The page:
Other Voices: A look under the hood for lift truck savings

Instead of ignoring a forklift fleet and its associated costs, asking the right questions can lead to substantial savings.

April 22, 2014 - MMH Editorial

Editor’s Note: The following column by Norm Saenz, managing director at St. Onge Co., and Steve Sepmoree, senior consultant at St. Onge Co., is part of Modern’s Other Voices column. The series features ideas, opinions and insights from end users, analysts, systems integraters and OEMs. Click on the link to learn about submitting a column for consideration.

The latest industry survey information, suggests that the majority of warehouses in today’s industry are manual operations. This results in the workforce accounting for the biggest operational cost, but forklift related maintenance costs come in a close second or third. Battery management is a large portion of these costs, given that the cost of new batteries is in the $3,000 to $7,000 price range.

However, managers often stay clear of savings related to forklifts since they are a necessary means to moving product and the use of historical information can be time consuming to gather and manage. How do you keep-up with your personal car maintenance? It’s not always on the top of your mind to get a quarterly oil change and regular tune-up. Now imagine a fleet of 20 or more lift trucks driving through a warehouse with multiple drivers.

Forklift vendors are well aware of the challenge to maintain forklifts, and are providing more ways to answer technical questions related to batteries, including battery-mounted technologies for monitoring a battery’s charge, discharge, water levels, and temperatures. There is also a growing usage of forklift Fleet Optimization Systems (FOS), which provides the basic status of batteries, and includes forklift maintenance, impact and usage information that impacts ongoing costs.

Before managers avoid the potential savings associated with lift trucks, they should seek the answers to these questions:

1. Do I have too many or not enough forklifts?
2. How many hours are being put on the forklifts per shift? In a day?
3. Do I have the right mix of forklifts with the right capacities and functionality required?
4. How much am I spending on forklift maintenance?
5. Are operators properly managing forklift batteries?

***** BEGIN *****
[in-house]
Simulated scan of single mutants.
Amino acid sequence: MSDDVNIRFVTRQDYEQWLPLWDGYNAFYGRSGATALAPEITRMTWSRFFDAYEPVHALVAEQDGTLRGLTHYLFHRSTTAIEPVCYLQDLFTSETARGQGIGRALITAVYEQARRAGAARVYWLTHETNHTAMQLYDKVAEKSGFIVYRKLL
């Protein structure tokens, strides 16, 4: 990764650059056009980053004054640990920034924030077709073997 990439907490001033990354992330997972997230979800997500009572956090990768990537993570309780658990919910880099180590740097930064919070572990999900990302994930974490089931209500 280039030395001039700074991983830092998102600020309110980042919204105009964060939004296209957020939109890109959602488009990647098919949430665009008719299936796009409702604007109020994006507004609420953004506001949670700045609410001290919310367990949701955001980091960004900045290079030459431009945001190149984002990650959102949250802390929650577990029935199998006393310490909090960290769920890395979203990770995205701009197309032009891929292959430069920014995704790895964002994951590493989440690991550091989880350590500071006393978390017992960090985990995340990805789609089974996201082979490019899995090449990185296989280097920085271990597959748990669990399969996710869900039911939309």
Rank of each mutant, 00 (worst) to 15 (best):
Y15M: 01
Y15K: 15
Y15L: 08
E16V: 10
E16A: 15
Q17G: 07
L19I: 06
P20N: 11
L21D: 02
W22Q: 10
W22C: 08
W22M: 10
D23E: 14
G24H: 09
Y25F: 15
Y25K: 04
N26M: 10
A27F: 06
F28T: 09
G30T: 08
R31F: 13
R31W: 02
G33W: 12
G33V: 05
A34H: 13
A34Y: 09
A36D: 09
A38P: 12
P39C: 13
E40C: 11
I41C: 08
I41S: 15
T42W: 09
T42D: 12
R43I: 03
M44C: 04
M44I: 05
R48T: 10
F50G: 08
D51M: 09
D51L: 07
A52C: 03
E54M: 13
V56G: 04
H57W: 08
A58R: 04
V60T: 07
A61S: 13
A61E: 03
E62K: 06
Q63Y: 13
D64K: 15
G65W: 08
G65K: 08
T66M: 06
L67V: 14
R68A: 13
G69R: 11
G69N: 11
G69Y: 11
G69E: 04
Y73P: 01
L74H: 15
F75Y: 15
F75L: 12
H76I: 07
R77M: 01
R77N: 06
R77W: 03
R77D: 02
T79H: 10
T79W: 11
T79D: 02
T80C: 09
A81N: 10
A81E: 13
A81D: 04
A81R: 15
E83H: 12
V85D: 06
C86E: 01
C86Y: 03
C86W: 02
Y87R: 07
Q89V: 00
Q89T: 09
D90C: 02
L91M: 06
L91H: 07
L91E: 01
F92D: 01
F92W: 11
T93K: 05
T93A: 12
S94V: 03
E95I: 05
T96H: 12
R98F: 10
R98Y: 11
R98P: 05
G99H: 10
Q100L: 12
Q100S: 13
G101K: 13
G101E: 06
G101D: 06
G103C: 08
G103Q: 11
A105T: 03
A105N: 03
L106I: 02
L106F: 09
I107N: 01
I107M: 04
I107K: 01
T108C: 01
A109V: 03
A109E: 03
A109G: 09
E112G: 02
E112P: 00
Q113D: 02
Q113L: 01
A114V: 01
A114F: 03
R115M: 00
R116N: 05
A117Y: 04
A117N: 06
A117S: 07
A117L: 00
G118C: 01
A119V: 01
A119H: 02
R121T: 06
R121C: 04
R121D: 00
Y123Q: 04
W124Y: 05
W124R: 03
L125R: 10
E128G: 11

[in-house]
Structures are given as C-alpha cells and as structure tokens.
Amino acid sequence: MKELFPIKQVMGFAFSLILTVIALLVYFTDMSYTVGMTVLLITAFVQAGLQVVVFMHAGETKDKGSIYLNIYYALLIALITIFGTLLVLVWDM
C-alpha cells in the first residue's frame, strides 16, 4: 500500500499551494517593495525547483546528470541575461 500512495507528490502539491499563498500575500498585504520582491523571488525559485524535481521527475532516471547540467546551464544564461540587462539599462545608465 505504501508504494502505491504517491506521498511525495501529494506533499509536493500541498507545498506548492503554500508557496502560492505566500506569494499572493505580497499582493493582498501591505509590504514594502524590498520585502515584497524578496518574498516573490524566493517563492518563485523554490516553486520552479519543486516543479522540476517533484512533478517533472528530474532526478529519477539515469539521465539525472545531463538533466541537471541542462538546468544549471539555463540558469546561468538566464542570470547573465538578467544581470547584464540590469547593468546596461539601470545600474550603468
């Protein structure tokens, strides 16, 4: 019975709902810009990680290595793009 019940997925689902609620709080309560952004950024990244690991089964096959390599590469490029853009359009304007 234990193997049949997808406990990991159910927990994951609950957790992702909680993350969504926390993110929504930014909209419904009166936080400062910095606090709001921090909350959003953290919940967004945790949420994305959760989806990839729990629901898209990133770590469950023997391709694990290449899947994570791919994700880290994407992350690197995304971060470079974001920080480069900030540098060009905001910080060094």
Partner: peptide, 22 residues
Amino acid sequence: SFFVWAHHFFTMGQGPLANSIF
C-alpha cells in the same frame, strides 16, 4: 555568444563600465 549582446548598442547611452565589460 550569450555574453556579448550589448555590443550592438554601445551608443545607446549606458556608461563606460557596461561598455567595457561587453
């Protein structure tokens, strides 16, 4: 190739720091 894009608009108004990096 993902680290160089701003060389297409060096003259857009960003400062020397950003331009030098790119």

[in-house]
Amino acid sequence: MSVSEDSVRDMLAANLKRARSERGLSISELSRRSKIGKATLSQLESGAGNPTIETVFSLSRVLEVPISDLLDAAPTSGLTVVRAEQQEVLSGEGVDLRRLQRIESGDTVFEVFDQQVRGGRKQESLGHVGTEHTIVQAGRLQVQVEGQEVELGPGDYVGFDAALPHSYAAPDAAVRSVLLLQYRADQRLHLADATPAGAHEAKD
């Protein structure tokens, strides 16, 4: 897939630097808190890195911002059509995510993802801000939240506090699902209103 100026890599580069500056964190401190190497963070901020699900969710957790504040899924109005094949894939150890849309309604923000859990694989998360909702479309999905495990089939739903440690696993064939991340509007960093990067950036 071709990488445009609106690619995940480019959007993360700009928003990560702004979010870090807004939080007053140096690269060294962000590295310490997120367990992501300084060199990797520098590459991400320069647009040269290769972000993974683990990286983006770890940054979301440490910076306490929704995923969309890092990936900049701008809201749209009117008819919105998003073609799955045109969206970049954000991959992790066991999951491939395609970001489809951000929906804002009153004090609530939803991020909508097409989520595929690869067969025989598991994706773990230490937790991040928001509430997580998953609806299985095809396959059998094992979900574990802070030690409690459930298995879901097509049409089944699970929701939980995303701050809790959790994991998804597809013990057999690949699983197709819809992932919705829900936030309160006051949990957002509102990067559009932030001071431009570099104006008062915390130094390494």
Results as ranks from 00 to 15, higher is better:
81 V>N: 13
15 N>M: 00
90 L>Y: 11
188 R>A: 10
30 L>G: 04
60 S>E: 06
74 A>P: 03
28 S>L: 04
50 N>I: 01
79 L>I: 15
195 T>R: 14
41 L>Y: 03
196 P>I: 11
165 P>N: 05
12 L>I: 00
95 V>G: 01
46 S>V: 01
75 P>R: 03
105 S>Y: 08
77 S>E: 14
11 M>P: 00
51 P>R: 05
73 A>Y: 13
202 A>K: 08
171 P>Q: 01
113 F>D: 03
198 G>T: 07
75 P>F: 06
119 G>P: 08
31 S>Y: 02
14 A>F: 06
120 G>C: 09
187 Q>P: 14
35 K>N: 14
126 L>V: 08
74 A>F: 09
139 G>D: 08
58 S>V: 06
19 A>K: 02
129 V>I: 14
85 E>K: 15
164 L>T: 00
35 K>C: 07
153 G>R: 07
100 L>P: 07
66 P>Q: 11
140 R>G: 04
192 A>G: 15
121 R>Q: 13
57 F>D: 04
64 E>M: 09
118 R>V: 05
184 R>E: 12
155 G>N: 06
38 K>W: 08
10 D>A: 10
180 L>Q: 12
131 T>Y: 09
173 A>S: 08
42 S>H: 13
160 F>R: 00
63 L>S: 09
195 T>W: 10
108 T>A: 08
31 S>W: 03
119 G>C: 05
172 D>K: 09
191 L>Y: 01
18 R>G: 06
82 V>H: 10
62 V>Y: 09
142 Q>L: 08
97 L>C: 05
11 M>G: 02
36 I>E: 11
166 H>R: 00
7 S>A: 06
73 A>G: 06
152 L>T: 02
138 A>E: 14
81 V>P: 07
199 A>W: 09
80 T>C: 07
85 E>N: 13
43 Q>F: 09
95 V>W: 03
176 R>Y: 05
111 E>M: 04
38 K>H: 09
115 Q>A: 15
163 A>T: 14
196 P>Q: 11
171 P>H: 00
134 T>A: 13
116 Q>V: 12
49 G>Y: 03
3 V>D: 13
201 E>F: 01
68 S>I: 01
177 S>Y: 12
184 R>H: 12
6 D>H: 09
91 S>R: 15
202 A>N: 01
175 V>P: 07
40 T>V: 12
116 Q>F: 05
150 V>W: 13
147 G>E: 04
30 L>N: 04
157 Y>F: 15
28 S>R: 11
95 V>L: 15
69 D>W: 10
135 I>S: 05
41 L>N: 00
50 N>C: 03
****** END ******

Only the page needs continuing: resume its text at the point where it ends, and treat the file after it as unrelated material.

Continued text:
6. How and when am I charging my forklift batteries?
7. At what point do I start replacing forklifts due to growing maintenance expense?
8. Should I change out my older forklifts due to high maintenance costs and/or reliability issues?
9. Is my vehicle checklist being filled out to ensure compliance with OSHA regulations?
10. Have the credentials of the operators using the forklifts expired?
11. Are there accidents that take place that are not reported?
12. Are damaged trucks and rack uprights becoming more frequent?
13. Are operators lifting loads beyond the capacity of their assigned trucks?

Don’t forget about forklifts when searching for cost savings within your warehouse. They are often one of the largest capital requirements for new warehouse projects. Between batteries, rack repairs and general maintenance they can quickly become one of the top operational costs within a manual warehouse.

Norm Saenz, Jr., is managing director of St. Onge Company, a York, Pa.-based consulting firm specializing in planning, engineering and implementations related to improving warehousing, manufacturing and logistics operations. Norm has 22 years of experience formulating strategies in several industries and involving material handling equipment, space/layout planning, labor modeling and related technologies/systems. Norm is located in Dallas and can be reached at (817) 919-1753 or by email at .(JavaScript must be enabled to view this email address).



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About the Author

Josh Bond, Senior Editor
Josh Bond is Senior Editor for Modern, and was formerly Modern’s lift truck columnist and associate editor. He has a degree in Journalism from Keene State College and has studied business management at Franklin Pierce University.

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